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GladiArt or Process

This week's blog-post is a short summary of the art process used in creating the armour sets in Ludus.

Vegard Myklebust, Blogger

December 12, 2014

8 Min Read

This week's blog-post is a short summary of the art process used in creating the armour sets in Ludus and was written by our modeler Robert. As always you can keep up to date with Ludus development at gladiator.training

Beginning with some research into Roman style art and props, I took a trip to the British Museum. I was looking mainly at Roman relics and weapons/armour that were on display to get into the mood of that era.



To help aid with the visual background, Vegard had gone to a one day event organised by Britannia Gladiators and had taken many photos of the re-enactments of gladiator combat along with reference images for the armour. These got the ball rolling and I began to design some of the shields based on the photos.


The re-enactment team done an amazing job of re-creating designs of the era, so we piggy-backed on their hard work and based a lot of our designs on their physical armor sets. Here are a few of the 3d models for the shields created and textured based on those reference images.



The modelling process for the Gladiators started with high poly geometry done along with some digital sculpting in preparation for extracting a low-poly or game friendly version.


I worked by sculpting directly onto the basemesh and extracting the various parts for texturing on a per-part basis, which enabled more control of the final UV area of the complete armour set.

Part of the workflow was to divide the UV area into 4 areas that would enable the meshes to be recombined in the game at runtime to reduce draw calls.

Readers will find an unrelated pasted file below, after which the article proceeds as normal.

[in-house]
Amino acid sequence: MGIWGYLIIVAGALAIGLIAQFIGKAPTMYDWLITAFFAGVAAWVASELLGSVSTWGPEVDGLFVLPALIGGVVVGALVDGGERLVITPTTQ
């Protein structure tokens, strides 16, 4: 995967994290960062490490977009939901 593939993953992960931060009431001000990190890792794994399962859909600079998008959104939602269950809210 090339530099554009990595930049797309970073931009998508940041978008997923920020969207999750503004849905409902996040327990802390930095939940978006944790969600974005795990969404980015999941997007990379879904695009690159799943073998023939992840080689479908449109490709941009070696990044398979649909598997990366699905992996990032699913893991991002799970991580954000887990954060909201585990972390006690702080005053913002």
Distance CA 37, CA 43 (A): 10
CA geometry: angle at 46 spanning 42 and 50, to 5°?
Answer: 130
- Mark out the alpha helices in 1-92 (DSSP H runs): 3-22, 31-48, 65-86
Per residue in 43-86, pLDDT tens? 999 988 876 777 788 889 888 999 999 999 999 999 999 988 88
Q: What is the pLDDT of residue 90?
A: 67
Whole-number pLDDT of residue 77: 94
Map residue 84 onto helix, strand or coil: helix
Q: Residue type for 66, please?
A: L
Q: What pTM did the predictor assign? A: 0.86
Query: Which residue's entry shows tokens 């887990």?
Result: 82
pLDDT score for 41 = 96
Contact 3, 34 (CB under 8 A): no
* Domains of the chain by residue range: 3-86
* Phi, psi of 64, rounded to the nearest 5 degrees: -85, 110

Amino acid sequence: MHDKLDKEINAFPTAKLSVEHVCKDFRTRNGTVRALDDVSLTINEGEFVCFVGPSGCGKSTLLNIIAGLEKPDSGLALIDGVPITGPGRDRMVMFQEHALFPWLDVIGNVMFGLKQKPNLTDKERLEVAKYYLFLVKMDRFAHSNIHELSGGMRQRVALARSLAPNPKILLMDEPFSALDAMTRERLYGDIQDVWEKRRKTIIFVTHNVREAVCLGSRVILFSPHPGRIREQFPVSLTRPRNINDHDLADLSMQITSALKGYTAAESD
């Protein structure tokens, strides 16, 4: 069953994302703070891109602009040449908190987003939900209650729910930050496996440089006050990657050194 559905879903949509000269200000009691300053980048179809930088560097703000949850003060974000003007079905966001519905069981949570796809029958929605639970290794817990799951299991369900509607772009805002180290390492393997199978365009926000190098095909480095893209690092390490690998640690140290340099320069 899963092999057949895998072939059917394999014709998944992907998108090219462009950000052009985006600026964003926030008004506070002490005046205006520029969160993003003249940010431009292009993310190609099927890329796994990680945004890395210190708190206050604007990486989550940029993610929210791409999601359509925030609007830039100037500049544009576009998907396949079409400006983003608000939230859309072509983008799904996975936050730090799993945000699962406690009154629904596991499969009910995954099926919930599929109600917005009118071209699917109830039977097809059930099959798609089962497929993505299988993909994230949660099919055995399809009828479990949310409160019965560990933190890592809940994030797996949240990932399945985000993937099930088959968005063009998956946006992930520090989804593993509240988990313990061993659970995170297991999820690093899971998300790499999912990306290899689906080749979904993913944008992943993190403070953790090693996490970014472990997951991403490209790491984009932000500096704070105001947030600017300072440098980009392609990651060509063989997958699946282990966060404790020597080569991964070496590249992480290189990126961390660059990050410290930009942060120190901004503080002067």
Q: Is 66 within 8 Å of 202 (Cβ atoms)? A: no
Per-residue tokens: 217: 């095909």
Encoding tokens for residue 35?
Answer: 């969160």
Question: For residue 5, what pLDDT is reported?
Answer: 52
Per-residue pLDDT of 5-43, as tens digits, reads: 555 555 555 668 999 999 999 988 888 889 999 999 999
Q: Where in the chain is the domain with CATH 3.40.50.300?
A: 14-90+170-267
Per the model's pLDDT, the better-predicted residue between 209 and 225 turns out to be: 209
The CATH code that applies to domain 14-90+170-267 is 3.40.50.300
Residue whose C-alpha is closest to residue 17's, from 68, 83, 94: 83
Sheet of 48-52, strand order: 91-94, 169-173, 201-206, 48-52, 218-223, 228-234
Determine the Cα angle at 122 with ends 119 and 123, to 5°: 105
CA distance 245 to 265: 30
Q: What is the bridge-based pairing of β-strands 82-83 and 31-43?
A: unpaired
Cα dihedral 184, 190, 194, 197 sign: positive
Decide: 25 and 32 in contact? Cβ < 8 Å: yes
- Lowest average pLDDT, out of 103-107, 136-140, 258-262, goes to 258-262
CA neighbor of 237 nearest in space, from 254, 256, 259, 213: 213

After each part was sculpted and retopologised, they were given quick UVs to get started with the painting and texture generation. Here is an example of one of the arm padding unwraps that would later have its UVs moved and rebaked into the correct UV area.


As you can see the same normal map could then be rebaked to a new location by cloning the original mesh and moving its UVs. I used 3d Coat's texture baking tool for the rebaking, assigning the original mesh to the scene with the original normal map and assigning the target mesh (the one with the new UVs). This process would prove useful if ever we had to alter the UV layout in the future for any particular reason.


So the Process was as follows: Sculpt the Highpoly mesh, create the Lowpoly geometry from the high poly and bake out a normal map using Xnormal, from here I took the low poly mesh and the normal map into Substance Designer/Knald to extract more useful texture maps such as AO, Cavity and Curvature maps.

In Ludus we are using Physically Based Rendering which requires us to create Diffuse, Specular Colour Maps and Roughness Maps. We chose the Specular and Roughness map approach over the Metalness/Roughness workflow, as we found it more straight forward and easy to read visually in Photoshop. We are using the Lux shaders for Unity that support this visual approach well.

Now that I have 2k textures for each part, I can go ahead and texture each part using Quixel suite:


Quixel suite allows for full control of edge wear, dirt trapped in occluded areas and most importantly the mega scan based materials.

I also created a few custom materials based on photos of various cloths and metals to aid in the process.


I created ID maps for all the different parts so the materials could easily be assigned in Quixel Suite and we could make easy adjustments to the final textures.

idWrist The ID map defines different materials on this wrist guard

goldWrist One of my custom Brass metal materials

The greatest part of this process is messing around with various materials based of the ID's, instant texturing has arrived!


With everything created and rebaked using this process we end up with the final texture maps and a new ID map based on the new UVs which is used on the final model.



Finally here is the full textured version of the Hoplomachus Armourset.


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